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Purpose of Chapter 13
One purpose of a Chapter 13 bankruptcy is to enable a debtor to retain certain assets (for example, your home) that might otherwise be liquidated by a Chapter 7 trustee. The filing of a Chapter 13 case stops foreclosures, repossessions, wage garnishments, lawsuits, and all other collection activity.
Chapter 13 vs Chapter 7 Bankruptcy
Chapter 13 also provides an alternative to Chapter 7 when you have too much "disposable income" (your net monthly income exceeds your net monthly expenses by too much). A Chapter 13 case usually yields much lower monthly payments than you were previously paying, and after 36 months, you are done — your debts are gone.
Chapter 13 also enables you to discharge debts that would not be discharged in Chapter 7, such as a fraud judgment, certain tax obligations, penalties, and other debts. Chapter 13 protects individuals from the collection efforts of creditors, permits individuals to keep their real estate and personal property, and provides individuals the opportunity to repay their debts through reduced payments.
How Long is Chapter 13 Bankruptcy?
Chapter 13 bankruptcy lasts a period of 3–5 years, depending on your median income. Your Chapter 13 repayment plan will not exceed 5 years under any circumstance.
Individuals with Regular Income
Chapter 13 of the Bankruptcy Code, sometimes referred to as the "wage earner" plan, is available to individuals with regular income. Chapter 13 may permit individual debtors to propose a plan of repayment where creditors are paid all, or a portion, of certain debts in installments.
The plan may provide for payments over a period of 36 to 60 months. Chapter 13 may allow a debtor to retain assets and obtain a broader discharge.
The plan must provide for the submission of all or a portion of future earnings or other future income of the debtor to the supervision and control of the trustee, as is necessary for the execution of the plan.
Individuals in Business
A corporation may not be a Chapter 13 debtor. However, relief may be available to a self-employed individual or an individual operating a business, provided that the requirements under Section 109 are met.
Section 1304 provides that a debtor who is self-employed or engaged in business may operate the business of the debtor.
The filing of a petition under Chapter 13 "automatically stays" most collection actions against a debtor or a debtor's property. For so long as the stay is in effect, creditors generally cannot even make a telephone demand for payment to a debtor.
The automatic stay should be respected and taken seriously. Section 362 (h) provides that an individual injured by any willful violation of a stay shall recover actual damages, including costs and attorneys' fees, and, in appropriate circumstances, may recover punitive damages.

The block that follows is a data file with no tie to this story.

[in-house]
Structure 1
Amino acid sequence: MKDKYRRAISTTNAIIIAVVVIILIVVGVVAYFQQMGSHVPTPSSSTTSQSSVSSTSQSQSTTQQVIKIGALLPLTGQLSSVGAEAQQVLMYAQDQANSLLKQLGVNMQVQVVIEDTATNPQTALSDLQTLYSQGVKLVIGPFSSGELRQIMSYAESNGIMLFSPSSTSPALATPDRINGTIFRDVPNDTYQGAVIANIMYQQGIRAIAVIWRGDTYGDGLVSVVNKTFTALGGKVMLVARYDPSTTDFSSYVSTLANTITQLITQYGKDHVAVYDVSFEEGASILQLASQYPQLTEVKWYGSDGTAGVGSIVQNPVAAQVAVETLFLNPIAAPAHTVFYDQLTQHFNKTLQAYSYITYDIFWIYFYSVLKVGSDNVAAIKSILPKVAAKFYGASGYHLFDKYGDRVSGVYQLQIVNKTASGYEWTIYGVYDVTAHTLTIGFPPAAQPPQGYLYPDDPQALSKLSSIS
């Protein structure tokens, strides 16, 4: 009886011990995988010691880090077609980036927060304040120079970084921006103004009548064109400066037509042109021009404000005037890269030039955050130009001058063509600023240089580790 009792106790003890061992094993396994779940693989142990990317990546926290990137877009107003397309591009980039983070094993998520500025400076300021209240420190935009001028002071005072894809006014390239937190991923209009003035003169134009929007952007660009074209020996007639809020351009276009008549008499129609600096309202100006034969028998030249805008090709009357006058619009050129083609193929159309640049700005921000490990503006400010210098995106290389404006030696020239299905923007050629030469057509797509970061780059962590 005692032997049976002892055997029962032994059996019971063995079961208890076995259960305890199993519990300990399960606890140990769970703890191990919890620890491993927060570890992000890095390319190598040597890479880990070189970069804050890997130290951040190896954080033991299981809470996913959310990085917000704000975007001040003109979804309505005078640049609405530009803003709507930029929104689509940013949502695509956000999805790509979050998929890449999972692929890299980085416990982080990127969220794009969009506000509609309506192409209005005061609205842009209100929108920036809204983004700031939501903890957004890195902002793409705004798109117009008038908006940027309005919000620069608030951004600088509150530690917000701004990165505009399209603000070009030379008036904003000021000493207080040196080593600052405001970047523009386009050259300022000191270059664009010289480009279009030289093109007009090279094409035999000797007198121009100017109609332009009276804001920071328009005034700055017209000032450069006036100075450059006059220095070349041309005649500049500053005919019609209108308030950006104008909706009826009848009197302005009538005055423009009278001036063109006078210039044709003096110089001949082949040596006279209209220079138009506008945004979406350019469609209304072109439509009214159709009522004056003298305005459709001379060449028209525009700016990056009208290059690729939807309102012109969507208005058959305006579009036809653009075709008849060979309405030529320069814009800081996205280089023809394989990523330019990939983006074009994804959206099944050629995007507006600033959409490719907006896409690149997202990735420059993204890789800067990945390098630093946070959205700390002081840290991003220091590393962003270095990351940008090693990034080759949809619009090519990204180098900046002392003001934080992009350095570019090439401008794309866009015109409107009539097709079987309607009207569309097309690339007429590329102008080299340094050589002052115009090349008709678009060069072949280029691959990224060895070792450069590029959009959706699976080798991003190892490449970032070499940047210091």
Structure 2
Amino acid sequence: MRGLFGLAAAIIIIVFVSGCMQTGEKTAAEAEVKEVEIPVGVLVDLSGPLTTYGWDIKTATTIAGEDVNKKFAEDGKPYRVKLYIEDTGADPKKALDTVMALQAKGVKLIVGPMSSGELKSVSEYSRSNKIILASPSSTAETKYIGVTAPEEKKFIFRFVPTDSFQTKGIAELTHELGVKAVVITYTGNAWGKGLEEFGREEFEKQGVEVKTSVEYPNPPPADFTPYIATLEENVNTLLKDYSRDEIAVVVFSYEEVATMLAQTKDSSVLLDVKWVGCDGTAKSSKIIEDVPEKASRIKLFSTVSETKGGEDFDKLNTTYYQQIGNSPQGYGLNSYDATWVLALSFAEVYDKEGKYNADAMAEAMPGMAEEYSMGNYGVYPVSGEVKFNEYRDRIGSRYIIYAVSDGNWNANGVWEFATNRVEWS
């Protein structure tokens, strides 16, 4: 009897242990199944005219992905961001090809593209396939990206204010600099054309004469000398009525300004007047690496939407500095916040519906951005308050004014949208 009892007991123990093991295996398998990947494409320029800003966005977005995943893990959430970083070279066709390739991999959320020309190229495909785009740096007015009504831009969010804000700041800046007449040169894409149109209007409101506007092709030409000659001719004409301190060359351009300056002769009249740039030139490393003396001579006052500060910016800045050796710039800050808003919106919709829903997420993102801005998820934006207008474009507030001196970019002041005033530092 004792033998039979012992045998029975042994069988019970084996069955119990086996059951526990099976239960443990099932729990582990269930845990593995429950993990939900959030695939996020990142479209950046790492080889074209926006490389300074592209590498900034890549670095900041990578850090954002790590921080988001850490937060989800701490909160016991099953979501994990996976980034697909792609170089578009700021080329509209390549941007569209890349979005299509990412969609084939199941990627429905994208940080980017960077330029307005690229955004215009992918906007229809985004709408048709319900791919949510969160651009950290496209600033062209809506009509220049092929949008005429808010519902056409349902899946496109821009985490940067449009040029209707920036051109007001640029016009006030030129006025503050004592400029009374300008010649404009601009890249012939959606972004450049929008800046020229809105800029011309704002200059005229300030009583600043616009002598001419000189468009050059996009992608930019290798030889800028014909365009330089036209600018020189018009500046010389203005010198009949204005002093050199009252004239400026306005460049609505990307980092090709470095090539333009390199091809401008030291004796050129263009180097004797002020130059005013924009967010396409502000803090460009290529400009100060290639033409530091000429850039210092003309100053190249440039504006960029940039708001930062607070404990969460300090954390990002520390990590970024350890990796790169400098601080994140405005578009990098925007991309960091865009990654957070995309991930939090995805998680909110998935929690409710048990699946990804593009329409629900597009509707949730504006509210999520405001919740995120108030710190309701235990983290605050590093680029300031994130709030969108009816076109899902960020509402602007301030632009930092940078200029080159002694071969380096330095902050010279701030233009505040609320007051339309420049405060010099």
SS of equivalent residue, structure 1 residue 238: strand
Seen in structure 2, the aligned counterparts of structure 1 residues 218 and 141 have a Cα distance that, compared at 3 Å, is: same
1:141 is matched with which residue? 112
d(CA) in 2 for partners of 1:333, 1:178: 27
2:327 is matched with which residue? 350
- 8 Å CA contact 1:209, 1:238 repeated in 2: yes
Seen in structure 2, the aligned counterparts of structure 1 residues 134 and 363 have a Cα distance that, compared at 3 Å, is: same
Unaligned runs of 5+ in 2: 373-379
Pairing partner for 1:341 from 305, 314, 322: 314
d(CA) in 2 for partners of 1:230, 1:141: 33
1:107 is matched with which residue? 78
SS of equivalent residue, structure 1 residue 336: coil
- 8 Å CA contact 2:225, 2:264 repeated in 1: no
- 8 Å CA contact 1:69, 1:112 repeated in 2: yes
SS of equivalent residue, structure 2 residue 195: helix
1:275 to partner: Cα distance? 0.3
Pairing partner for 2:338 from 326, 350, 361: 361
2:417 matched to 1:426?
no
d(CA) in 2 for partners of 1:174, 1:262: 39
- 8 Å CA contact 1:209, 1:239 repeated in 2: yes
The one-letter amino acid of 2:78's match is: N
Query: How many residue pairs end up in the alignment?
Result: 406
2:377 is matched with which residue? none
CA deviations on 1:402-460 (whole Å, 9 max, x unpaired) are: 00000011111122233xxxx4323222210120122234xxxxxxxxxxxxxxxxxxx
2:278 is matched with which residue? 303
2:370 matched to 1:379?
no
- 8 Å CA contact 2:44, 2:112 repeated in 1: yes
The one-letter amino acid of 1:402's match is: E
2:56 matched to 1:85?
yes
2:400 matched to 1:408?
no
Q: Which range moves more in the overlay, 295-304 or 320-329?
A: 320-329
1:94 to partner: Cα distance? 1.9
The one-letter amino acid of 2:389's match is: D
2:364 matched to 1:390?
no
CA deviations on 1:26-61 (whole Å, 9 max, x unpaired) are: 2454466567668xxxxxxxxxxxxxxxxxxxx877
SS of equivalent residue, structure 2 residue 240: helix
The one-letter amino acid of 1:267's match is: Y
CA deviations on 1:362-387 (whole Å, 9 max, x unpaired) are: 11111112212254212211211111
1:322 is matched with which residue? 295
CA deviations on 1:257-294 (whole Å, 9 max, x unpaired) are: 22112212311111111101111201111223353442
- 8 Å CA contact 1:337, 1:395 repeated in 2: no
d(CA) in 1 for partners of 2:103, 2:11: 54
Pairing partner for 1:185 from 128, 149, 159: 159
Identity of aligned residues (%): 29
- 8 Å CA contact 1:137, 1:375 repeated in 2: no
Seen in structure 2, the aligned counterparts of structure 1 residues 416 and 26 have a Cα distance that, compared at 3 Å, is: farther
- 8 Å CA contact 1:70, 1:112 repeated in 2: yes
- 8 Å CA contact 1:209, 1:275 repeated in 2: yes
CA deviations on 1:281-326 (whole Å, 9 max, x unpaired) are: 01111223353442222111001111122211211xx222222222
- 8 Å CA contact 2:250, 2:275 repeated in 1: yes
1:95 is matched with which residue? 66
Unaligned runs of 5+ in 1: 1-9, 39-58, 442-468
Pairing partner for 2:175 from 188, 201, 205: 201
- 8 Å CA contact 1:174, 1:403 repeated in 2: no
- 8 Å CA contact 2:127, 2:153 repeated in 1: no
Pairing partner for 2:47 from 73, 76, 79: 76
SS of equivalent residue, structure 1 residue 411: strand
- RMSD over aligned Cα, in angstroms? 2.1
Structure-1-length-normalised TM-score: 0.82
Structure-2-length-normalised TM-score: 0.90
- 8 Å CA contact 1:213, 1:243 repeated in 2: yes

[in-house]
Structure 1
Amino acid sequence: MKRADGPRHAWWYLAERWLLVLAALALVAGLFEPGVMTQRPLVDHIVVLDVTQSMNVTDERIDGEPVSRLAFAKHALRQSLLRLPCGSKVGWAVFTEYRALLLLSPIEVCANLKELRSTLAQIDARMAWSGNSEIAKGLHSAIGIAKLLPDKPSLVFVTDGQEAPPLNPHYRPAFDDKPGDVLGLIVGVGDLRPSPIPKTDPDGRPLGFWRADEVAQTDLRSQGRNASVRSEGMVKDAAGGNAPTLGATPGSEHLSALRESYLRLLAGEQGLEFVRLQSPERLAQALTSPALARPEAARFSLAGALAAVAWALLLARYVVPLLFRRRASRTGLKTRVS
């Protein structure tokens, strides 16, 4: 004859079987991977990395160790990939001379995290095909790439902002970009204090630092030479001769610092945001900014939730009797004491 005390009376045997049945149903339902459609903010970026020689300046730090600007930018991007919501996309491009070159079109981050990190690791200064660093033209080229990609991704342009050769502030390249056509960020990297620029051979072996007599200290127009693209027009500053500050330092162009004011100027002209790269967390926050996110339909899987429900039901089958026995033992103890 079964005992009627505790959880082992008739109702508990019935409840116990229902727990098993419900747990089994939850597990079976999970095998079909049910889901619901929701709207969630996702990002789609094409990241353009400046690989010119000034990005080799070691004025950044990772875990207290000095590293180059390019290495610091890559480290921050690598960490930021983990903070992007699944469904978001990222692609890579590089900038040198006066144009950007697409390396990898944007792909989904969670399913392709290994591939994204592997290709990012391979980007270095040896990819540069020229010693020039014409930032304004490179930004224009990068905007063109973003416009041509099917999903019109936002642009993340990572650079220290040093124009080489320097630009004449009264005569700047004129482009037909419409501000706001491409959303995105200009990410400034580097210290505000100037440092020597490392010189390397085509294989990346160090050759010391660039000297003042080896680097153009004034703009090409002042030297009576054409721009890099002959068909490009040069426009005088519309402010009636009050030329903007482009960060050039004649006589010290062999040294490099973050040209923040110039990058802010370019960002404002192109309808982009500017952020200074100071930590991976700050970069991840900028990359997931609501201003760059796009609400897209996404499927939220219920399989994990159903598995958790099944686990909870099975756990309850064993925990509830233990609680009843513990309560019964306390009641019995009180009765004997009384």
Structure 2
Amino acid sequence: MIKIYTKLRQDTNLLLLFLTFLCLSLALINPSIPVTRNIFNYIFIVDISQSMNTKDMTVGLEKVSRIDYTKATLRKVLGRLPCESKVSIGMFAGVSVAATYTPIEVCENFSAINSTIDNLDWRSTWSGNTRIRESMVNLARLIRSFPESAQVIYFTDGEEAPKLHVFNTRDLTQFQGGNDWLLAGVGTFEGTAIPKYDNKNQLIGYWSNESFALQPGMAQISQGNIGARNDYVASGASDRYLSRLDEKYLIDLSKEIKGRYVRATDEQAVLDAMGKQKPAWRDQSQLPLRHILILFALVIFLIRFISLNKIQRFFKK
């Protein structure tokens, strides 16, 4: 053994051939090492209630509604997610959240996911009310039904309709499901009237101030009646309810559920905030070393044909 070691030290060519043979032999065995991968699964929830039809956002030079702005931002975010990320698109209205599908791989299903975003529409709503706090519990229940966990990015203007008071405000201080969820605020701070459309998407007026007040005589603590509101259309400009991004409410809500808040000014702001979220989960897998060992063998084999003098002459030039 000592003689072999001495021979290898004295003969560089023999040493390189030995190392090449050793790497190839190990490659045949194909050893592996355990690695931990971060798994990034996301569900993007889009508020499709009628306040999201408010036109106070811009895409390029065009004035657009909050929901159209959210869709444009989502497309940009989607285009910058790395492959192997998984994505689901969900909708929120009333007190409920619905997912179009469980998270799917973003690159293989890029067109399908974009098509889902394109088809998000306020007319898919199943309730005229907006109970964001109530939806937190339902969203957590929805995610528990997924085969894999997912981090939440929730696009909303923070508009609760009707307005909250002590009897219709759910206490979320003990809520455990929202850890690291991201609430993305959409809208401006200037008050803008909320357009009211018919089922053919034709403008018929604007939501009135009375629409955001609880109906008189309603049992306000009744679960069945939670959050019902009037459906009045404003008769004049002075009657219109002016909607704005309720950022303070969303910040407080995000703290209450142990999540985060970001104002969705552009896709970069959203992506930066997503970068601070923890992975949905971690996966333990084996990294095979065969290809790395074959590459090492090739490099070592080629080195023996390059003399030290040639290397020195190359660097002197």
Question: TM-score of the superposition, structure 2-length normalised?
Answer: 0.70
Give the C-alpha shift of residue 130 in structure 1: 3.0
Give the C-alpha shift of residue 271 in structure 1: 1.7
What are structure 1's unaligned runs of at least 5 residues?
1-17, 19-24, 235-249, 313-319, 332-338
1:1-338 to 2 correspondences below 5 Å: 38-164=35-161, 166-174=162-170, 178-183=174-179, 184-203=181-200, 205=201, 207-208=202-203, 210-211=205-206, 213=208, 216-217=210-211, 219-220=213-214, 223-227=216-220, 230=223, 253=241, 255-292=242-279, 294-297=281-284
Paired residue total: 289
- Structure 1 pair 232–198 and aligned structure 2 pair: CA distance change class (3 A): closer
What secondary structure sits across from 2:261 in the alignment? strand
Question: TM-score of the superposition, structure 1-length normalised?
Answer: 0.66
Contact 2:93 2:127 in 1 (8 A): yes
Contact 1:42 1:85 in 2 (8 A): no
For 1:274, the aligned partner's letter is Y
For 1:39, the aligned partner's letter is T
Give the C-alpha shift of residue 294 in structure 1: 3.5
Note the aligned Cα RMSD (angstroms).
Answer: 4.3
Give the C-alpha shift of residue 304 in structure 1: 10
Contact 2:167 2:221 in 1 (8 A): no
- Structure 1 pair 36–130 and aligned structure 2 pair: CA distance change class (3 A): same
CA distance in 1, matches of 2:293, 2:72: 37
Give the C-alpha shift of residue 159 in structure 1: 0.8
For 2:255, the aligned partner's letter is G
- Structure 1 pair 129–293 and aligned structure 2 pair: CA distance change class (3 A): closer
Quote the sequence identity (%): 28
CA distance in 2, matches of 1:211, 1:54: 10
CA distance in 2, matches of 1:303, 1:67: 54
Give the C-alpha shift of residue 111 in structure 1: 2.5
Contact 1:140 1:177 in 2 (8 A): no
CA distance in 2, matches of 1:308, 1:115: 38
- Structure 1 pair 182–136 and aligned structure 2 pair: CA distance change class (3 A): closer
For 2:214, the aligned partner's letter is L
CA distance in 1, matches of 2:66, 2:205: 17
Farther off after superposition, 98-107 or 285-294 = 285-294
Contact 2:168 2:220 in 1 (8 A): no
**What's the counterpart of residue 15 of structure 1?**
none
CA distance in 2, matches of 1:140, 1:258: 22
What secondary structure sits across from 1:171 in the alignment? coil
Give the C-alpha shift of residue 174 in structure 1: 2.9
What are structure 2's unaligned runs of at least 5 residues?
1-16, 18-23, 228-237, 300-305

Contact Our Attorneys at Cerbone Law Firm
If you have questions about the intricacies of Chapter 13 bankruptcy, contact our skilled team at Cerbone Law Firm.
We have the knowledge needed to assist you in making the best decisions in your unique circumstances and can advise you of your options. Don't hesitate to call. We offer free case evaluations.
Section 1301 of the Bankruptcy Code provides that in bankruptcy for individuals filed under Chapter 13, a creditor may NOT pursue against a co-debtor or a personal guarantor, not in bankruptcy if the debt is a "consumer debt." Under Section 101 (8), ''consumer debt'' means debt incurred by an individual primarily for personal, family, or household purposes.
Estate of the Debtor
Except as provided in a confirmed plan or order confirming a plan, the debtor shall remain in possession of all property of the estate. Property of the estate includes, in addition to the property specified in Section 541, earnings from services performed by the debtor after the commencement of the case but before the case is closed, dismissed, or converted to a case under Chapter 7, 11, or 12 of this title, whichever occurs first.
Chapter 13 Plan
The debtor must file a Chapter 13 plan with the petition or within 15 days thereafter. Such time may not be further extended except by the court for cause. If a debtor first filed a Chapter 7 bankruptcy but later converted to a Chapter 13, a plan must be filed within 15 days from the date of conversion.
At a required confirmation hearing, the Bankruptcy Court may "confirm" the plan if the plan meets statutory requirements, is proposed in good faith, all fees and charges have been paid, and the debtor has a reasonable probability of success in fulfilling the payments under the plan. The value of the property, as of the effective date of the plan, to be distributed to each allowed unsecured creditor must not be less than the amount that would have been paid on an unsecured claim under Chapter 7.
Effect of Confirmation
The confirmation of a Chapter 13 plan generally binds the debtor and all creditors and vests all property in the debtor. Upon completion of the plan, a debtor may be granted a discharge.
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